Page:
The aye-aye moves quadrupedally, both walking and climbing. Climbing can be very rapid and agile leaping is also observed (Ancrenaz et al. 1994; Curtis & Feistner 1994). Descent down a tree trunk can be either headfirst or tailfirst (Ancrenaz et al. 1994). Aye-ayes possess atoilet-claw used in grooming and functional claws on other digits except the big toe (hallux). They are the only Old World primate to possess such functional claws (Sterling 1993a; Soligo & Müller 1999). The only other primates that have true claws are the Callitrichidae. The aye-aye claws appear to have redeveloped after having been lost by ancestral species (Soligo & Müller 1999). Aye-ayes have been known to survive in captivity for 24 years (Hakeem et al. 1996).
CURRENT RANGE MAPS (IUCN REDLIST):
Daubentonia madagascariensisThe aye-aye is found exclusively in Madagascar. Situated to the southeast of Africa and separated from the continent by the 800 km-wide (497 mi) Mozambique Channel, the island of Madagascar is in the Indian Ocean and is the fourth largest island in the world (Swindler 2002). the aye-aye was believed to be extinct as recently as the mid-1900′s, it now appears that the species has one of the largest distributions among non-human primates in Madagascar albeit at very low population densities (Sterling 1994a). Thus, the aye-aye range may not represent a continuous population distribution. They are found in the eastern rain forests of Madagascar from as far south as the Andohahela Reserve near the south coast to the northern end of the island at Ankarana Special Reserve (O’Connor et al. 1986; Hawkins et al. 1990). The west coast of Madagascar, long thought to be devoid of the aye-aye, is home to the species as far south as the Bemaraha Nature Reserve (Harcourt & Thornback 1990). The only area of Madagascar where the aye-aye is not found is the southwest of the island (Sterling 2003a).
Several artificial aye-aye populations have been established for conservation purposes and since 1986 a number of aye-ayes have been exported from Madagascar in an effort to establish captive breeding colonies. These efforts met with success in 1992 when the first captive-bred aye-aye was born to a colony at the Duke University Primate Center (Carroll & Haring 1994). Currently, there are over three dozen aye-ayes in captivity (http://www.isis.org). In 1966, aye-ayes were introduced on the island of Nosy Mangabe, located in the Bay of Antongil on the east coat of Madagascar. At that time, the island was designated a Special Reserve by the government of Madagascar and still serves as an important site of conservation (Constable et al. 1985).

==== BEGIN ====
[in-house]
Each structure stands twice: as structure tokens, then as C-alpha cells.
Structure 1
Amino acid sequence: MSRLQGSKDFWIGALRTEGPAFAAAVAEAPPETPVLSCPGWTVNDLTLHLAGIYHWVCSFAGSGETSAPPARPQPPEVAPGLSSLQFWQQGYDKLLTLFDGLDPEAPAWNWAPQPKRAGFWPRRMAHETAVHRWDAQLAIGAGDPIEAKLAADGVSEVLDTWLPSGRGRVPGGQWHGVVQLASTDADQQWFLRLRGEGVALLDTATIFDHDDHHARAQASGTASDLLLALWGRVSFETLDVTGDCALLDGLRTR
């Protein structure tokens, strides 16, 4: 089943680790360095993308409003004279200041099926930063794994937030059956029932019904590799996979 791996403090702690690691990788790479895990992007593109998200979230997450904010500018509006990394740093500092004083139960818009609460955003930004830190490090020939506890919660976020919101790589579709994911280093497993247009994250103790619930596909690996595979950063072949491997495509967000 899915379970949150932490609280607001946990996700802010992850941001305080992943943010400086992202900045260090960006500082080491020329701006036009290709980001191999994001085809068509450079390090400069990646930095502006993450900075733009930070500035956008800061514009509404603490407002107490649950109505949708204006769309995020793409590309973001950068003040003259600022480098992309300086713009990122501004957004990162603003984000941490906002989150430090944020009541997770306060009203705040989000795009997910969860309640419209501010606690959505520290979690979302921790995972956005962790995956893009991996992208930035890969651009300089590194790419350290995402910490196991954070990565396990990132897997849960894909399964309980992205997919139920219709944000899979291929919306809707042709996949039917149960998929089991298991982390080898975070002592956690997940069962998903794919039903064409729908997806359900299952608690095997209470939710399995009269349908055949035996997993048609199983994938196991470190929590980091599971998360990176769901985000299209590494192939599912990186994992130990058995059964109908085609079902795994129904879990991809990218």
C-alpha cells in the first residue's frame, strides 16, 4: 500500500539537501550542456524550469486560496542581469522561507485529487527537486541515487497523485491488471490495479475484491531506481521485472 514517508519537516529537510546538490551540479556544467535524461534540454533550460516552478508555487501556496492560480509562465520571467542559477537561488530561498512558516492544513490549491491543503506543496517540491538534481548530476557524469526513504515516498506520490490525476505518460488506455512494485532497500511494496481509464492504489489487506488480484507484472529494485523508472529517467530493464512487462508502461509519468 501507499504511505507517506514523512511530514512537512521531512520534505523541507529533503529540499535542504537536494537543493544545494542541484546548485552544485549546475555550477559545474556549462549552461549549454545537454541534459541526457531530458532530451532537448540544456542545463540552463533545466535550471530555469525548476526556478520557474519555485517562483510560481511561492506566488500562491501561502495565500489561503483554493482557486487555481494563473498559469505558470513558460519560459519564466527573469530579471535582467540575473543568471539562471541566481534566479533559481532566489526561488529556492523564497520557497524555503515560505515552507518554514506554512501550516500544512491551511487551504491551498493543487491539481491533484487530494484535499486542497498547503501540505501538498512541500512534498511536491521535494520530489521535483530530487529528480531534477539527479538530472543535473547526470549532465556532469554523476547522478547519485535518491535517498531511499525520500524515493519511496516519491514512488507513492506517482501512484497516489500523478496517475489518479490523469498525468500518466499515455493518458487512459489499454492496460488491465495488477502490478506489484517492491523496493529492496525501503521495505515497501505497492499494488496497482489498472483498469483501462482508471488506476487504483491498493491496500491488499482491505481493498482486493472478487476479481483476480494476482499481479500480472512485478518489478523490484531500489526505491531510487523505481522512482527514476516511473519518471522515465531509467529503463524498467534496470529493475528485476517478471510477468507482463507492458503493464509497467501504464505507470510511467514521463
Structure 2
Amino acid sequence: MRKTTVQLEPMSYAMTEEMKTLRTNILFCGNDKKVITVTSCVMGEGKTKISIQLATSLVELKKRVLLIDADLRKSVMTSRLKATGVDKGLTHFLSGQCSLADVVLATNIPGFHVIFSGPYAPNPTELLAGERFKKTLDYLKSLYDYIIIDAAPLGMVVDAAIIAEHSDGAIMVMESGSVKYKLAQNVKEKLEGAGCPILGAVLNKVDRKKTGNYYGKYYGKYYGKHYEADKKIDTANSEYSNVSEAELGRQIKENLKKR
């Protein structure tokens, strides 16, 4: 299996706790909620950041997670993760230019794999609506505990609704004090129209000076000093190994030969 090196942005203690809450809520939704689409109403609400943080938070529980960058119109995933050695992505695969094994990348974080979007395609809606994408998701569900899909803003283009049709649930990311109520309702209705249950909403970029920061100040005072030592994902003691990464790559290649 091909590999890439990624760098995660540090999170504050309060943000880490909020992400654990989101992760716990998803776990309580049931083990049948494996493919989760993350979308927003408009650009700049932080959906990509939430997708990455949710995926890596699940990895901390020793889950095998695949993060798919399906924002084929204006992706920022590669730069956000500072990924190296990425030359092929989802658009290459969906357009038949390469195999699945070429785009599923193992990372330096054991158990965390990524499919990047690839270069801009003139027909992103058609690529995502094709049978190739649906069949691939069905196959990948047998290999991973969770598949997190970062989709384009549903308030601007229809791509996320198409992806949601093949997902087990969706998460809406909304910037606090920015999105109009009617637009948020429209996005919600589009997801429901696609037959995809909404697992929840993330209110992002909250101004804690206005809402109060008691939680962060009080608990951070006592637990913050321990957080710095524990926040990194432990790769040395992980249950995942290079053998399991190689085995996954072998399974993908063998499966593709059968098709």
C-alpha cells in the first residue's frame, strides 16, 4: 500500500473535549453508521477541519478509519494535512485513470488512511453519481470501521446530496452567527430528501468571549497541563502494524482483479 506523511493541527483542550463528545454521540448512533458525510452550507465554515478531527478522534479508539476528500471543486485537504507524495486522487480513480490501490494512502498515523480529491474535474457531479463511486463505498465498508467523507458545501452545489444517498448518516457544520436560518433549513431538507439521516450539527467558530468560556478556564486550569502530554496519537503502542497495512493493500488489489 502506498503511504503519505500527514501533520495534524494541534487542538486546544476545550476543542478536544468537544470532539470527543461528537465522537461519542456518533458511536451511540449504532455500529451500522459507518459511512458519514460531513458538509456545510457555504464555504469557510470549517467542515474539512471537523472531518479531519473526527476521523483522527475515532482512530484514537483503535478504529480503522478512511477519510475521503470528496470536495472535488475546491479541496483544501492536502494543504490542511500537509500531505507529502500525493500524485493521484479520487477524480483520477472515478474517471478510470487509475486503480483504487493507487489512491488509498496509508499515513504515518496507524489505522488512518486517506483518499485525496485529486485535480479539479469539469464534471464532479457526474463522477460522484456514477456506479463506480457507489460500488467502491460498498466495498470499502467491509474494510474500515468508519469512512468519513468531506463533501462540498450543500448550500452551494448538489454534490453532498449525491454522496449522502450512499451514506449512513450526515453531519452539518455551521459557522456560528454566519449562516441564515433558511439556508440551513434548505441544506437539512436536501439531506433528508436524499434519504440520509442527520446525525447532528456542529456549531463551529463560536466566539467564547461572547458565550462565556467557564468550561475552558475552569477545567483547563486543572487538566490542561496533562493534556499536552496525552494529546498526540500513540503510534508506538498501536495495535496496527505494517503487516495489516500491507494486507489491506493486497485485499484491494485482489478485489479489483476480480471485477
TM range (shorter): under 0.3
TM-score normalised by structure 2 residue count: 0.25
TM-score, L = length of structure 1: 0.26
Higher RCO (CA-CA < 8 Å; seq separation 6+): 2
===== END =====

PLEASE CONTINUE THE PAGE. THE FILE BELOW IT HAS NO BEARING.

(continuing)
Aye-ayes adapt well to different types of habitat, including those affected by people. Aye-ayes are typically found in Madagascar’s eastern rainforest, deciduous forest, secondary littoral forest near the sea, degraded secondary forest and cultivated areas such as plantations (including those for the production of sugar cane, coconuts and cloves) (Pollock et al. 1985; Ganzhorn & Rabesoa 1986; Iwano & Iwakawa 1988; Harcourt & Thornback 1990; Ancrenaz et al. 1994; Andriamasimanana 1994). The aye-aye may also live in mangrove swamps and dry scrub forest (Tattersall 1982). Aye-ayes build their nests high in the crowns of trees and thus require habitats containing trees suitable for this purpose (Ancrenaz et al. 1994). Sightings of aye-ayes have also occurred at surprising distances from the nearest forest with one individual being sighted in savanna around 3 km (1.86 mi) from any type of forest (Hawkins et al. 1990). Because the aye-aye’s distribution is spread all along the east coast of the island up to the northern areas and on the west coast, there are many differing temperatures and rainfall amounts within the aye-aye range. In the north of Madagascar, the aye-aye inhabits areas with windy, dry and warm winters and hot and humid summers. In the south of the island, the climate is less tropical and drier than in the eastern rainforests where it is rainy year-round (Donque cited in Jury 2003). There is no record of the aye-aye living in the spiny desert areas of the southwest of Madagascar (Sterling 2003). Aye-ayes can also live in a variety of altitudes, ranging from near sea level to as high as 1875 m (6151.57 ft) above sea level (Goodman & Ganzhorn 2004).